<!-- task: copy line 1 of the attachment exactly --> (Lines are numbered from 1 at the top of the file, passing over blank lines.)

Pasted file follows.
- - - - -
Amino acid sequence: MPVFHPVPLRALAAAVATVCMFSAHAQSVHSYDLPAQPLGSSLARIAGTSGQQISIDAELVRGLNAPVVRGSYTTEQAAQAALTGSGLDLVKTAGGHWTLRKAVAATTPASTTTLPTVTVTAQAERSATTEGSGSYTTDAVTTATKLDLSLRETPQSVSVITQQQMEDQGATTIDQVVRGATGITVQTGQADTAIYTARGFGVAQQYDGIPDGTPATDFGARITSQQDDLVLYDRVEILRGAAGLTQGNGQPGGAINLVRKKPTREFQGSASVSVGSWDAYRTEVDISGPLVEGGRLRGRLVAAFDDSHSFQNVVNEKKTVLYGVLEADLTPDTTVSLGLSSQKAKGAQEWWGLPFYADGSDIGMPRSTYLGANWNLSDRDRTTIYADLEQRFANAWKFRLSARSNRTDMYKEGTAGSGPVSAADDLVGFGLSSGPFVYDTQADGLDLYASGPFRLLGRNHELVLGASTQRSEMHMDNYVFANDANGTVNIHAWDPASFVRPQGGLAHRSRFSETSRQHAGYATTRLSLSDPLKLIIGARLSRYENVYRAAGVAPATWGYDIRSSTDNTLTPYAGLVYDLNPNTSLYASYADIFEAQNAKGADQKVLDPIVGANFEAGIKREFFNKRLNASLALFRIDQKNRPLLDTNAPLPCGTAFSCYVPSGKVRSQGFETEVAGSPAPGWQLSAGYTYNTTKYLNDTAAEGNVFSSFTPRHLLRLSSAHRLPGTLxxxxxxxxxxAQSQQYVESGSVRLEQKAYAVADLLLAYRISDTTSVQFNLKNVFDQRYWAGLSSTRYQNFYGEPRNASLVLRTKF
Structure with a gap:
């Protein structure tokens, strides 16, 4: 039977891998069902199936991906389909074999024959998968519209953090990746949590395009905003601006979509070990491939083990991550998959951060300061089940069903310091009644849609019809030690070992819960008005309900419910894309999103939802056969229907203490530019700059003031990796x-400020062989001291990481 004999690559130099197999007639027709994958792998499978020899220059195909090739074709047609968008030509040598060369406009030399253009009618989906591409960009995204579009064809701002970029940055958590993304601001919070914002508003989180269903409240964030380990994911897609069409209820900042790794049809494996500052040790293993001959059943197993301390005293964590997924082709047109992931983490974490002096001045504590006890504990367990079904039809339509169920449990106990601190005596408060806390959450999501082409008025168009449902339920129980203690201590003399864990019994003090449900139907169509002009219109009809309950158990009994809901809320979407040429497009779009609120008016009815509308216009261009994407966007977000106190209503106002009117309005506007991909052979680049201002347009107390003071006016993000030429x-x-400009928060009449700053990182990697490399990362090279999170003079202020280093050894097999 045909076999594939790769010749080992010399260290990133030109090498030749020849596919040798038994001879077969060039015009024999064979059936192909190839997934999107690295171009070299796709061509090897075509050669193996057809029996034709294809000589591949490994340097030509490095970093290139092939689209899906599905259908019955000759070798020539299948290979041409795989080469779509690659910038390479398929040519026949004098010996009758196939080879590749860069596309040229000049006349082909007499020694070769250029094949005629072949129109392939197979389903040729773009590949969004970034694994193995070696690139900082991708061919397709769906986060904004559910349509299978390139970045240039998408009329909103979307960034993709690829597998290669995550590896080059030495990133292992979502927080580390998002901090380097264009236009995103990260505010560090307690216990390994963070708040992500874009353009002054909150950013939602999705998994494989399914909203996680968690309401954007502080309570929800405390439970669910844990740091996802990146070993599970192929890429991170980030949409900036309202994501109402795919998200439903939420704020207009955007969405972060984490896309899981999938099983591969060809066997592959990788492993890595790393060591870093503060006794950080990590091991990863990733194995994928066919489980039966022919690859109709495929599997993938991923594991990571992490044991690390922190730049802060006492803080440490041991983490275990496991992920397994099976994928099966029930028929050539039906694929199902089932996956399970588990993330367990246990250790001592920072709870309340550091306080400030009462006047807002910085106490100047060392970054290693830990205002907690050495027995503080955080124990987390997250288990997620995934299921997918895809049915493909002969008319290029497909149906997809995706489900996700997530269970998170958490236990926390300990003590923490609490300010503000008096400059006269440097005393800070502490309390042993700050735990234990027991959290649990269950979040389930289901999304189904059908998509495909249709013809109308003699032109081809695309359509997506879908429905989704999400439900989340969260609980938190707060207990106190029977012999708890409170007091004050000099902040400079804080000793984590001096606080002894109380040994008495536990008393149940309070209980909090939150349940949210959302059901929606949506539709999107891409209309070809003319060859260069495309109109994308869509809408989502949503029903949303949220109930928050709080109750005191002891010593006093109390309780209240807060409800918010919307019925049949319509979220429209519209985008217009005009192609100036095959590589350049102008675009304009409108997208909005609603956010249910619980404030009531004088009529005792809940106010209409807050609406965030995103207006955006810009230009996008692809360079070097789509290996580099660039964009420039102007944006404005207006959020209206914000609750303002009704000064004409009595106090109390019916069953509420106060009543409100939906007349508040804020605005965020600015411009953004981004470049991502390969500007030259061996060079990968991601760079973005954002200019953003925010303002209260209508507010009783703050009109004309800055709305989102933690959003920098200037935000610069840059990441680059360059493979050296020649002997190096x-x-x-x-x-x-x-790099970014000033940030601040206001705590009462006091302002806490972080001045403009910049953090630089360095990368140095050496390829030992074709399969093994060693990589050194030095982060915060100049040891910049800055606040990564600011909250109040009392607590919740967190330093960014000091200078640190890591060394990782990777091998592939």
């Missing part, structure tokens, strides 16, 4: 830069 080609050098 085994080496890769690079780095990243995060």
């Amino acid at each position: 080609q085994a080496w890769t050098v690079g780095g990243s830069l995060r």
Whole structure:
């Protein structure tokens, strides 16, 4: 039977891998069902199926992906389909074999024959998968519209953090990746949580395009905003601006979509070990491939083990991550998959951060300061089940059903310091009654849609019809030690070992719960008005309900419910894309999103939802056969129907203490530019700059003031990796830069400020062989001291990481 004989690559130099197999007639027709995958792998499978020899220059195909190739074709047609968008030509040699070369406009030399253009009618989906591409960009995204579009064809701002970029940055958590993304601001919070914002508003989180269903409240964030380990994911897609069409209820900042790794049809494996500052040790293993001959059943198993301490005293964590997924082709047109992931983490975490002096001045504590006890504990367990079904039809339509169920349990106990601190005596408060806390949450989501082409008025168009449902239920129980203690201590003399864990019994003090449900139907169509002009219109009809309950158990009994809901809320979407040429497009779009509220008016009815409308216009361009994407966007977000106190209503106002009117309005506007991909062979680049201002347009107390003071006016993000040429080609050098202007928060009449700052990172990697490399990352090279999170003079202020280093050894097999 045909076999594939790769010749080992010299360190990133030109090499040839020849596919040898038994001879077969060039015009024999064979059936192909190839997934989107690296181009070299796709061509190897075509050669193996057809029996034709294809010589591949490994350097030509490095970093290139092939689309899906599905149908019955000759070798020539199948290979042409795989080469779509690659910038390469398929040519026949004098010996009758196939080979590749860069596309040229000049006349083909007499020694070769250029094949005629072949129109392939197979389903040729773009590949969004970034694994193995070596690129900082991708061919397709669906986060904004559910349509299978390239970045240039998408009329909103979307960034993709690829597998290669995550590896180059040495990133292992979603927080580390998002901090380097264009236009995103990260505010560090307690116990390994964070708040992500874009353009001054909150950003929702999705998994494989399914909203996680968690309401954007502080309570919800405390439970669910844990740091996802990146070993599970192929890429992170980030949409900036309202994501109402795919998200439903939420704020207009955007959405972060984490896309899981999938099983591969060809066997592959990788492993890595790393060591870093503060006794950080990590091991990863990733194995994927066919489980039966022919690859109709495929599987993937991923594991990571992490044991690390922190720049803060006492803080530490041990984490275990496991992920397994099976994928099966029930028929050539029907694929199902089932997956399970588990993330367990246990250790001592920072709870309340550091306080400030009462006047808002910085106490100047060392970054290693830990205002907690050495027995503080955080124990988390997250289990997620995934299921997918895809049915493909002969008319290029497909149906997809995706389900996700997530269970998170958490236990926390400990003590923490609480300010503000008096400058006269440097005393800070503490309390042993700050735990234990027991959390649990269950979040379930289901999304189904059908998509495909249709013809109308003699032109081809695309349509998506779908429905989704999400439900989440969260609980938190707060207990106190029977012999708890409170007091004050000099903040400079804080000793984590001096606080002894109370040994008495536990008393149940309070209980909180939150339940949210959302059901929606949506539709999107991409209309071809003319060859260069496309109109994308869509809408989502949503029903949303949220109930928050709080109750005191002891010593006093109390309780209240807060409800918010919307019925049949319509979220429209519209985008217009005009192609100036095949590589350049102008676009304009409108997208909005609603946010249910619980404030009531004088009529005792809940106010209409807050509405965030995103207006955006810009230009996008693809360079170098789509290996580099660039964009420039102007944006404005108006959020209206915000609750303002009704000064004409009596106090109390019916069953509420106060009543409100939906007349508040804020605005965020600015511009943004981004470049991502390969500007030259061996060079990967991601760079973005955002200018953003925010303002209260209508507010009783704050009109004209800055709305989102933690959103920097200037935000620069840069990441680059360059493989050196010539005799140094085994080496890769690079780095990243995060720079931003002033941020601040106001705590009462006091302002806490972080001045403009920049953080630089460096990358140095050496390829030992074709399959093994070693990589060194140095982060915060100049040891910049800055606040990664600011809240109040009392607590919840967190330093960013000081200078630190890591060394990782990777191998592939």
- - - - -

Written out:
Amino acid sequence: MPVFHPVPLRALAAAVATVCMFSAHAQSVHSYDLPAQPLGSSLARIAGTSGQQISIDAELVRGLNAPVVRGSYTTEQAAQAALTGSGLDLVKTAGGHWTLRKAVAATTPASTTTLPTVTVTAQAERSATTEGSGSYTTDAVTTATKLDLSLRETPQSVSVITQQQMEDQGATTIDQVVRGATGITVQTGQADTAIYTARGFGVAQQYDGIPDGTPATDFGARITSQQDDLVLYDRVEILRGAAGLTQGNGQPGGAINLVRKKPTREFQGSASVSVGSWDAYRTEVDISGPLVEGGRLRGRLVAAFDDSHSFQNVVNEKKTVLYGVLEADLTPDTTVSLGLSSQKAKGAQEWWGLPFYADGSDIGMPRSTYLGANWNLSDRDRTTIYADLEQRFANAWKFRLSARSNRTDMYKEGTAGSGPVSAADDLVGFGLSSGPFVYDTQADGLDLYASGPFRLLGRNHELVLGASTQRSEMHMDNYVFANDANGTVNIHAWDPASFVRPQGGLAHRSRFSETSRQHAGYATTRLSLSDPLKLIIGARLSRYENVYRAAGVAPATWGYDIRSSTDNTLTPYAGLVYDLNPNTSLYASYADIFEAQNAKGADQKVLDPIVGANFEAGIKREFFNKRLNASLALFRIDQKNRPLLDTNAPLPCGTAFSCYVPSGKVRSQGFETEVAGSPAPGWQLSAGYTYNTTKYLNDTAAEGNVFSSFTPRHLLRLSSAHRLPGTLxxxxxxxxxxAQSQQYVESGSVRLEQKAYAVADLLLAYRISDTTSVQFNLKNVFDQRYWAGLSSTRYQNFYGEPRNASLVLRTKF